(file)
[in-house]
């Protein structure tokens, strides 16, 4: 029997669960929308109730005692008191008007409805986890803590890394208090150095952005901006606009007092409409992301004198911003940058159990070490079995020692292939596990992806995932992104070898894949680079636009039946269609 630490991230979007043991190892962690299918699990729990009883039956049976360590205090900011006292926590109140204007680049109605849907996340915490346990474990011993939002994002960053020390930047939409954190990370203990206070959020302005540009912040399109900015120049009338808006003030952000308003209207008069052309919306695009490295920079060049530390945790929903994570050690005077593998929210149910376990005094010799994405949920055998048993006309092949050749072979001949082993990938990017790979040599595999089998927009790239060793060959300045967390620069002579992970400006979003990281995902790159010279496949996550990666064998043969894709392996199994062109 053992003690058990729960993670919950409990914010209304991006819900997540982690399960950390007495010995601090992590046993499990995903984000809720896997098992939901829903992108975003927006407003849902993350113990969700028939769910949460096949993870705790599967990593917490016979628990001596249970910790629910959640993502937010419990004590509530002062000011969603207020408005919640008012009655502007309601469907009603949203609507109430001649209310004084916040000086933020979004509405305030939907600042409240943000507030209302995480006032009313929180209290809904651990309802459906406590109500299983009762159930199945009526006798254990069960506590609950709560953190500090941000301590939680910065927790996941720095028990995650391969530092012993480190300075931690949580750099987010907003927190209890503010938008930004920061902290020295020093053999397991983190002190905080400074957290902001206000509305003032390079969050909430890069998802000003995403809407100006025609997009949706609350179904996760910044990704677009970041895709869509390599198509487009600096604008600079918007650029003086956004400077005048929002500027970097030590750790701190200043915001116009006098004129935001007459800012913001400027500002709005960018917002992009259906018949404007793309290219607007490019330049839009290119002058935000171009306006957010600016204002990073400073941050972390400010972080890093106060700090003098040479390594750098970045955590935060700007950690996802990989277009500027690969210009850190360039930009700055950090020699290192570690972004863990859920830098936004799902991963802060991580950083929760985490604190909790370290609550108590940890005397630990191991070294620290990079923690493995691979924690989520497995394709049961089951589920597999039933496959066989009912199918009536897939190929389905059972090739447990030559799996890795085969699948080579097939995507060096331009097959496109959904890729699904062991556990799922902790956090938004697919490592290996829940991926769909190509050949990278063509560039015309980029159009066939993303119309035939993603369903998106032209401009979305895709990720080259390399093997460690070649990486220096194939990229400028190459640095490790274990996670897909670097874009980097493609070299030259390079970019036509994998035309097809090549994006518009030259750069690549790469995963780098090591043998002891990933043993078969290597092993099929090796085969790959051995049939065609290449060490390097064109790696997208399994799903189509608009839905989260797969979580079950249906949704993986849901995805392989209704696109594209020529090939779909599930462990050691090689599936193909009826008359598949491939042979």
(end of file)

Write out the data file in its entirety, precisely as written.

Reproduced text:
[in-house]
């Protein structure tokens, strides 16, 4: 029997669960929308109730005692008191008007409805986890803590890394208090150095952005901006606009007092409409992301004198911003940058159990070490079995020692292939596990992806995932992104070898894949680079636009039946269609 630490991230979007043991190892962690299918699990729990009883039956049976360590205090900011006292926590109140204007680049109605849907996340915490346990474990011993939002994002960053020390930047939409954190990370203990206070959020302005540009912040399109900015120049009338808006003030952000308003209207008069052309919306695009490295920079060049530390945790929903994570050690005077593998929210149910376990005094010799994405949920055998048993006309092949050749072979001949082993990938990017790979040599595999089998927009790239060793060959300045967390620069002579992970400006979003990281995902790159010279496949996550990666064998043969894709392996199994062109 053992003690058990729960993670919950409990914010209304991006819900997540982690399960950390007495010995601090992590046993499990995903984000809720896997098992939901829903992108975003927006407003849902993350113990969700028939769910949460096949993870705790599967990593917490016979628990001596249970910790629910959640993502937010419990004590509530002062000011969603207020408005919640008012009655502007309601469907009603949203609507109430001649209310004084916040000086933020979004509405305030939907600042409240943000507030209302995480006032009313929180209290809904651990309802459906406590109500299983009762159930199945009526006798254990069960506590609950709560953190500090941000301590939680910065927790996941720095028990995650391969530092012993480190300075931690949580750099987010907003927190209890503010938008930004920061902290020295020093053999397991983190002190905080400074957290902001206000509305003032390079969050909430890069998802000003995403809407100006025609997009949706609350179904996760910044990704677009970041895709869509390599198509487009600096604008600079918007650029003086956004400077005048929002500027970097030590750790701190200043915001116009006098004129935001007459800012913001400027500002709005960018917002992009259906018949404007793309290219607007490019330049839009290119002058935000171009306006957010600016204002990073400073941050972390400010972080890093106060700090003098040479390594750098970045955590935060700007950690996802990989277009500027690969210009850190360039930009700055950090020699290192570690972004863990859920830098936004799902991963802060991580950083929760985490604190909790370290609550108590940890005397630990191991070294620290990079923690493995691979924690989520497995394709049961089951589920597999039933496959066989009912199918009536897939190929389905059972090739447990030559799996890795085969699948080579097939995507060096331009097959496109959904890729699904062991556990799922902790956090938004697919490592290996829940991926769909190509050949990278063509560039015309980029159009066939993303119309035939993603369903998106032209401009979305895709990720080259390399093997460690070649990486220096194939990229400028190459640095490790274990996670897909670097874009980097493609070299030259390079970019036509994998035309097809090549994006518009030259750069690549790469995963780098090591043998002891990933043993078969290597092993099929090796085969790959051995049939065609290449060490390097064109790696997208399994799903189509608009839905989260797969979580079950249906949704993986849901995805392989209704696109594209020529090939779909599930462990050691090689599936193909009826008359598949491939042979």